In search of sticky rice
Monday evening on Roosevelt Avenue was a whole new universe. I'd been to Queens before, Elmhurst twice, Flushing many times, I'd even biked in Queens, but this street was, is, nothing like any I have walked since I moved to New York in 2011. Saying it's diverse is putting it lightly.
But let me go back a little.
Usually Monday's you'll find me chained to my desk (and thus my computer). It's where I've been the last two months, and it's where I will be for the next two months–working on my thesis. But this last Monday I threw up my hands and left my desk to meet friends at that iconic of New York locations, Grand Central Station. Once we found each other in the massive blue-ceilinged room, we escalatored down into the depths of the nearby subway station. Despite it's slowness, the 7-train is worth the time it takes for the view of the Manhattan skyline at night.
As we walked along Roosevelt Avenue I noted the gay clubs, the gentleman's bars, the taquerias, the gymnasium, more gay clubs, a yogurt shop, lingerie shops, and more, I wondered where exactly I was. Is this actually a neighborhood people live in? Or just men?
We passed this all up and eventually found Arunee Thai, a restaurant recommended by Jeff, a foodie friend who runs culinary tours in Jackson Heights. The first thing I asked the waitress was: do you have sticky rice. Yes, she said with a smile. Thank god. I quickly put in an order for som tum (papaya salad), which is what I use to grade all Thai restaurants. We also ordered their fisherman's curry, kang keow whan puck (green curry with eggplant) and pad kra praow (chicken and basil).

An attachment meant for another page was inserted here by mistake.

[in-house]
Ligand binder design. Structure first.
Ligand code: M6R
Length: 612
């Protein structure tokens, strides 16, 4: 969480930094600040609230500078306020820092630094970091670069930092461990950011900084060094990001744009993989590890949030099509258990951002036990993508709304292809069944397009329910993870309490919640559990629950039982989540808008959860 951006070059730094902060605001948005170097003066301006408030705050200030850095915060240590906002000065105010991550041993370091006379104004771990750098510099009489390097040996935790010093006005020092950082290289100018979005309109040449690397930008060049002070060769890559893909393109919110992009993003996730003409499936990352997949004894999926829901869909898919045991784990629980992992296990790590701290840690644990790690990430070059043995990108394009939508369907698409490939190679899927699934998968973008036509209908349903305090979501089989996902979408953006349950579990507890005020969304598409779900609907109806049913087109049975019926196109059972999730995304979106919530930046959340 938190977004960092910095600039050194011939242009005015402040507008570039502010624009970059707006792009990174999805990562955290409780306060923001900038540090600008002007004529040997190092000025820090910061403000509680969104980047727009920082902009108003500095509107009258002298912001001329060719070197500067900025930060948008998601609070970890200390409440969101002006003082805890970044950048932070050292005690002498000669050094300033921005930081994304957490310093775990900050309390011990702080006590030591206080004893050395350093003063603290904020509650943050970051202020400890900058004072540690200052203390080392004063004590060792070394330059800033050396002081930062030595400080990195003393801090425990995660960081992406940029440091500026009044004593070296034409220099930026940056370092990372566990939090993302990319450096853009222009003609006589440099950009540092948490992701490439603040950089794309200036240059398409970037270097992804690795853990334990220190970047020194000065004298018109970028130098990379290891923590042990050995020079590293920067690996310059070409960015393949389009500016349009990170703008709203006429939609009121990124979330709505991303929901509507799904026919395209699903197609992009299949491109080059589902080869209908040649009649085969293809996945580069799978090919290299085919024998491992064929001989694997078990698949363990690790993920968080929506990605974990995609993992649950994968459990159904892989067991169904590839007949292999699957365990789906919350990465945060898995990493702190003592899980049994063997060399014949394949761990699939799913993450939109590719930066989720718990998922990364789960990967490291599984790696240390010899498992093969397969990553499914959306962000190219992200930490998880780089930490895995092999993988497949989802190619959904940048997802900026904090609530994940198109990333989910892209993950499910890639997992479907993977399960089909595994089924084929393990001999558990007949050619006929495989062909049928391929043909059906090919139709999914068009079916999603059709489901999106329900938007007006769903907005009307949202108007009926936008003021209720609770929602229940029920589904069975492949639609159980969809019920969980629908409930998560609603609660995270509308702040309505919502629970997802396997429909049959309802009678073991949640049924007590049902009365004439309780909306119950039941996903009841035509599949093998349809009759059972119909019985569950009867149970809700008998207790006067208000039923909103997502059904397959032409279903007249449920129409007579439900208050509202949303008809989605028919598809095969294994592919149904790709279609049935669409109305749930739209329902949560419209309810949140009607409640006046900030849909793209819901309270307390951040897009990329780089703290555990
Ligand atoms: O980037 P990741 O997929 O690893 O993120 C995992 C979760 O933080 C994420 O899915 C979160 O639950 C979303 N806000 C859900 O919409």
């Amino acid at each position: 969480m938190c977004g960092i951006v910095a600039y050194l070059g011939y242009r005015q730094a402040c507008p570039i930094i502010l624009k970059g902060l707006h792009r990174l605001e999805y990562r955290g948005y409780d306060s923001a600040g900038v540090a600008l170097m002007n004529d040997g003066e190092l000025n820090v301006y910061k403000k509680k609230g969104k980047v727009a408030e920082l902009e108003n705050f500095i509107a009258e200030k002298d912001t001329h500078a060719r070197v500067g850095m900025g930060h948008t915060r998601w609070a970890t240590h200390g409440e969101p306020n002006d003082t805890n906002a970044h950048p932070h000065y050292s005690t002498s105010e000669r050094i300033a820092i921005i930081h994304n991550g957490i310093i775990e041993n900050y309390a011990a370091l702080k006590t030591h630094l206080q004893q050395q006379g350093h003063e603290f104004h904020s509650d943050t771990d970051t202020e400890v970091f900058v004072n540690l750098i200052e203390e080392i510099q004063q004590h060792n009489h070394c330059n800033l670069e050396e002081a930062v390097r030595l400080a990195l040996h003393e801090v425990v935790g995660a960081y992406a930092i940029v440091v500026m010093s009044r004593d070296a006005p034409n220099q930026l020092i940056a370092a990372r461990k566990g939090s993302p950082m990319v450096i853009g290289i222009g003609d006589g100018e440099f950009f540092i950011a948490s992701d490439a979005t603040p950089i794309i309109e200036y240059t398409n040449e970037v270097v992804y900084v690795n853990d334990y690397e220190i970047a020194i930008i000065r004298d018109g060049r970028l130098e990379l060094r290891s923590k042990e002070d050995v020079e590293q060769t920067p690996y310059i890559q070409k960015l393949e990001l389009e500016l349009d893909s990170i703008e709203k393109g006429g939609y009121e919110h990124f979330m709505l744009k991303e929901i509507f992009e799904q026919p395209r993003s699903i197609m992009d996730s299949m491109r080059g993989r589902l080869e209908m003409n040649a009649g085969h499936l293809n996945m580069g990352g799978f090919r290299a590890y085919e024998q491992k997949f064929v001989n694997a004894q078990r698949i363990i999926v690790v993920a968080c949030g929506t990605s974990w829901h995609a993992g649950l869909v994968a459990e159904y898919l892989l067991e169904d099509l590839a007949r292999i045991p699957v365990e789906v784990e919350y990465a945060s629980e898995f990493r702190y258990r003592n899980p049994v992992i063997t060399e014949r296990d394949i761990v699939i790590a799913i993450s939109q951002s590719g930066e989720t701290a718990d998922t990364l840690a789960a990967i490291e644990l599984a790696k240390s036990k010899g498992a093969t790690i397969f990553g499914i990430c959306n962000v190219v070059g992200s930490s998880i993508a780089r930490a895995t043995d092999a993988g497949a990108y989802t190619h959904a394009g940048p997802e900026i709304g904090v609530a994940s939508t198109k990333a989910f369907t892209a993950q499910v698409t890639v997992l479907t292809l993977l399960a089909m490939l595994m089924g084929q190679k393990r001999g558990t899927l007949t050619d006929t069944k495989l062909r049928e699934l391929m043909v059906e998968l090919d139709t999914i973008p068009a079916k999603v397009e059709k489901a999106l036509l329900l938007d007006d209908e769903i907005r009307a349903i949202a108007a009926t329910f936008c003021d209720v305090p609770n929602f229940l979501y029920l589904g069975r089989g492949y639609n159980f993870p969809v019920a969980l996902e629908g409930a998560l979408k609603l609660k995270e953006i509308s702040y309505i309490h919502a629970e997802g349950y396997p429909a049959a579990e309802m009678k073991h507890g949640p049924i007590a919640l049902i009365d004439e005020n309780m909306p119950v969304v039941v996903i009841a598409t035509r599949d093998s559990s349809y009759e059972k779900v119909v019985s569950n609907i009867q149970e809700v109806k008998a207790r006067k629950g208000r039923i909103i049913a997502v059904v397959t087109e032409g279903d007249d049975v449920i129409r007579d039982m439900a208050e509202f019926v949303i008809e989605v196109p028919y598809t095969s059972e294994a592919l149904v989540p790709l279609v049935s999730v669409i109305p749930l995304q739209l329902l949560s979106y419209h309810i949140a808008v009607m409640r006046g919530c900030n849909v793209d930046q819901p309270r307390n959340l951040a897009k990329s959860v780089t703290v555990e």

Todd and I talked about our trips to Thailand. His to Bangkok and mine to visit a good friend who was in the Peace Corps, several hours north of Bangkok. Both trips many, many years ago. The som tum arrived looking much like I hoped, but not as full of green beans and tomatoes and tiny shrimp. The shredded papaya tasted good, but I was also really hungry. I balled up some sticky rice and submerged it in the sauce and popped it in my mouth. The umami of fish sauce, sugar, chilis and lime was good, very tasty, but not excellent. It had room to improve.
Arunee Thai's best dish was their fisherman's curry which arrived to the table in a foil packet with the corners folded out and giant mussels aimed up each corner. The dish looked small but it was packed with goodies: mussels, crab, squid, shrimp and vegetables. I kept unearthing more. The flavor was layered with curry spice (turmeric, lemongrass, chilis) and creamy coconut milk. The lumps of real crab, an unexpected surprise, and the heaps of basil elevated the dish. In fact, I'm still thinking about it.
The green curry was also good, with less heat then the fish curry and a strong taste of galangal which felt more complimentary to the eggplant, squash, mushrooms, baby corn and carrots. I can't remember the last time I had baby corn. And the carrots, cut on the edges with a zig zag, showed the kitchen cares. The chicken and basil was good, but not a highlight. Loads of chicken and basil and just a few pieces of cucumber and carrot, the caramel brown sauce looked watery but, along with brown sugar and maybe soy sauce, it wound up with a sweet tang.
It was a birthday dinner so we wound down the meal with one order of mango ice cream and three spoons. The ice cream, certainly mango in color, tasted like no mango I had ever had. Todd told us he thought it tasted like Chinatown ice cream. The texture was gritty, less creamy then ice-y and it felt more like eating old dried peanut butter, the natural kind, colored sherbet-y orange.